·                     LSU won for the first time when being outgained in total yards since Oct. 14, 2000, when the Tigers beat Kentucky 34-0. In that game, the Wildcats had 397 total yards to LSU's 339.

·                     LSU won for the first time since a 28-13 win over Houston on Sept. 9, 2000, when amassing fewer than 300 total yards. The Tigers had 297 in that contest.

·                     LSU recorded its second fourth-quarter comeback of the season and their fifth in the past two seasons. The Tigers trailed Tennessee 17-16 heading into Saturday's fourth quarter. LSU trailed Kentucky 25-22 in the final minutes earlier this season in Lexington before scoring with 13 seconds remaining for a 29-22 win.

·                     The Tigers moved to 3-0 all-time in the Georgia Dome. LSU won the 1996 and 2000 Peach Bowls over Clemson and Georgia Tech, respectively.

·                     LSU coach Nick Saban became just the fifth coach, joining Florida coach Steve Spurrier, former Tennessee coach Bowden Wyatt, former Ole Miss coach Johnny Vaught and former LSU coach Mike Archer to win the title in one of their first two seasons. Vaught is the only coach to win it in his first season.

·                     On a 15-yard reception in the second quarter, Josh Reed became the SEC's all-time leader in receiving yardage, passing Boo Williams of Vanderbilt, who recorded 2,964 yards from 1985-88. The catch gave Reed 2,968 yards at the time.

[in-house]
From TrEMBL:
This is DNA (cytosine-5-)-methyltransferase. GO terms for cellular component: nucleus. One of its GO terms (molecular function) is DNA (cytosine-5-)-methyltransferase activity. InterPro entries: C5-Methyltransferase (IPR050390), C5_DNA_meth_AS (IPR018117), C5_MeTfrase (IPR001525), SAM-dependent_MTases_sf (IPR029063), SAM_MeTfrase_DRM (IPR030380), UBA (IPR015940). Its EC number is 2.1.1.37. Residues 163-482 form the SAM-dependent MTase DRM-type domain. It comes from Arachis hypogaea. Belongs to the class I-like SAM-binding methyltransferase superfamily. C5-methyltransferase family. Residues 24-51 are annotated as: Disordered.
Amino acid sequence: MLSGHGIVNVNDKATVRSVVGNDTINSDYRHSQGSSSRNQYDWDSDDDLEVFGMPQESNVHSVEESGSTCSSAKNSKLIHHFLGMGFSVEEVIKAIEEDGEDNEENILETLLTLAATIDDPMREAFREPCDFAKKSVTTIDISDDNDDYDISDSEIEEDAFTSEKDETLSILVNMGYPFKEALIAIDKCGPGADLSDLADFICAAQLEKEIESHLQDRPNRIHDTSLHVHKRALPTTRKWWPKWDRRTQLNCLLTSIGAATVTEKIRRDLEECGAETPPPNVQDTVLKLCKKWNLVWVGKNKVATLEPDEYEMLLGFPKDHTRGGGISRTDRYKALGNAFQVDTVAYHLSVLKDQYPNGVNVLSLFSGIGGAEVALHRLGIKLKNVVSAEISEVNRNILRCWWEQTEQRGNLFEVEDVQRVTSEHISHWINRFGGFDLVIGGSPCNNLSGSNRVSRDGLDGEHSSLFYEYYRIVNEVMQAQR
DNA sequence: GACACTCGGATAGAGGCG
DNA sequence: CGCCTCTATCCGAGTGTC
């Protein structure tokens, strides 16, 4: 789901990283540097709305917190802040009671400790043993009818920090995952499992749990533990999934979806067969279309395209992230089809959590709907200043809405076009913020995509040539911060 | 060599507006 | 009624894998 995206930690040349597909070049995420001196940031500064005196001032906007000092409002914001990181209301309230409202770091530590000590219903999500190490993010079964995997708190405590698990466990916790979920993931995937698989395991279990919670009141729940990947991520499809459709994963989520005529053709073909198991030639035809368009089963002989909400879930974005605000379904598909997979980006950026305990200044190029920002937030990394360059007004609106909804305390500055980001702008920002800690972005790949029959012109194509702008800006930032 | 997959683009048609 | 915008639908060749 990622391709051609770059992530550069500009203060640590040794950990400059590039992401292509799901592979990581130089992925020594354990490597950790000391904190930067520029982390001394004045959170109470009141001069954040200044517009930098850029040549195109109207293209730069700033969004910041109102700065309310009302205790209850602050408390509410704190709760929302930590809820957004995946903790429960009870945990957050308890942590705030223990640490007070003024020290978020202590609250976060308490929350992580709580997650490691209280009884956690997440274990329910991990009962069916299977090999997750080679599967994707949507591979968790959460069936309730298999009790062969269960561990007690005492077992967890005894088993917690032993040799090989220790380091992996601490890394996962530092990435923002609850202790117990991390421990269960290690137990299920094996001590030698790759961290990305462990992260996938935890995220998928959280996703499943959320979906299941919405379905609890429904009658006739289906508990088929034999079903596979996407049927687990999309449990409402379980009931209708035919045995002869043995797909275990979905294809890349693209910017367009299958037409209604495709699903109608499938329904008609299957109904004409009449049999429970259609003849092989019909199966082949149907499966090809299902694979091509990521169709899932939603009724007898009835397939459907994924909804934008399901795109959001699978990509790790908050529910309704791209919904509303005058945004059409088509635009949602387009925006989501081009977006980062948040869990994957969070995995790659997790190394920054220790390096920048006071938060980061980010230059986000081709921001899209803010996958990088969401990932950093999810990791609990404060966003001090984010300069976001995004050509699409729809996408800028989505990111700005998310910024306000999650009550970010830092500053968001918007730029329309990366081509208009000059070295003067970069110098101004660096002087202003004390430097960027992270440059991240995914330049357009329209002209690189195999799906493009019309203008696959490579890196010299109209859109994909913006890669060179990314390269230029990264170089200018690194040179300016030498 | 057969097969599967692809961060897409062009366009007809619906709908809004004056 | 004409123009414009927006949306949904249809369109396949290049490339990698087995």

·                     Josh Reed moved into the top five in NCAA history in single season receiving yardage on the same reception, tying Troy Edwards of Louisiana Tech, who recorded 1,707 yards in 1997 for fifth place. He took sole possession of fifth place on a 9-yard reception in the fourth quarter. He finished the day with 1,720 yards this season.

·                     Rohan Davey broke the LSU single season record for completions on his second completion of the day. The throw gave him 210 at the time, breaking the previous mark of 209 by Jeff Wickersham in 1985.

·                     The 4-yard touchdown run by Matt Mauck was the first rushing touchdown of his career and was the first rushing touchdown by a Tiger quarterback since Herb Tyler ran for a 3-yard touchdown on Oct. 31, 1998 in a 37-31 overtime loss to Ole Miss. Mauck added a second touchdown on a 13-yard run in the fourth quarter becoming the first Tiger QB since Tyler on Oct. 17, 1998 against Kentucky to rush for more than one TD in a game.

·                     LSU scored first for the ninth time in 12 games this year and for the fifth straight week. LSU entered the game with a 7-1 record this season when scoring first, with their lone loss coming on Sept. 29 at Tennessee.

·                     LSU trailed at the half for only the third time this season – Florida and Ole Miss, both losses.